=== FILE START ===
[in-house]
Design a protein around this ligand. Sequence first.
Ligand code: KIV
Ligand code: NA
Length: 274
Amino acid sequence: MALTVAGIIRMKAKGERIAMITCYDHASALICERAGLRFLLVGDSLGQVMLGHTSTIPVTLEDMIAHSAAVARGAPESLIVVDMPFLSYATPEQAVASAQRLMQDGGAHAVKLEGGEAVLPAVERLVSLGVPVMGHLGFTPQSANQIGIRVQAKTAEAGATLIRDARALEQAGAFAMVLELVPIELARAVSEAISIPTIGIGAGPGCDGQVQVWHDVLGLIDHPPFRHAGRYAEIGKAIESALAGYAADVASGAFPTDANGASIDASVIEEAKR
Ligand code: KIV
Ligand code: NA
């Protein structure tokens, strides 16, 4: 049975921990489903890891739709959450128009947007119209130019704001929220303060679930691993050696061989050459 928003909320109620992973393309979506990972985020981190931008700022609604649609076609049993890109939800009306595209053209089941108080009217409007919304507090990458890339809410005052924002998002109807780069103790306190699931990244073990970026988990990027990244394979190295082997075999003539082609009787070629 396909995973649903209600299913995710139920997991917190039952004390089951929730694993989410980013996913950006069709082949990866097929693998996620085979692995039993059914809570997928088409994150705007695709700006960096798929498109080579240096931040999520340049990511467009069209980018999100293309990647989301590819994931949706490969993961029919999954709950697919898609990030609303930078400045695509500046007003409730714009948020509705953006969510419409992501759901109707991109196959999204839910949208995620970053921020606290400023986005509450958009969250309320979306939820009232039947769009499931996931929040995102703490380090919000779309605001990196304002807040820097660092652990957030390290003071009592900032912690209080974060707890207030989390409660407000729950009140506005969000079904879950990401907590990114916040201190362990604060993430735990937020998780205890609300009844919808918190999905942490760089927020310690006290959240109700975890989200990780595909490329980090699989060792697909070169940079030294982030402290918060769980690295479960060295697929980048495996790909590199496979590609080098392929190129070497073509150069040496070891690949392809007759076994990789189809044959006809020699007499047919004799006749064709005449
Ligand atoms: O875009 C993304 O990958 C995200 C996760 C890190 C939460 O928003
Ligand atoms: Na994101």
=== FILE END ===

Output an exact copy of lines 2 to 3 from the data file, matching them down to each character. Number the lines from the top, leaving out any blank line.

Design a protein around this ligand. Sequence first.
Ligand code: KIV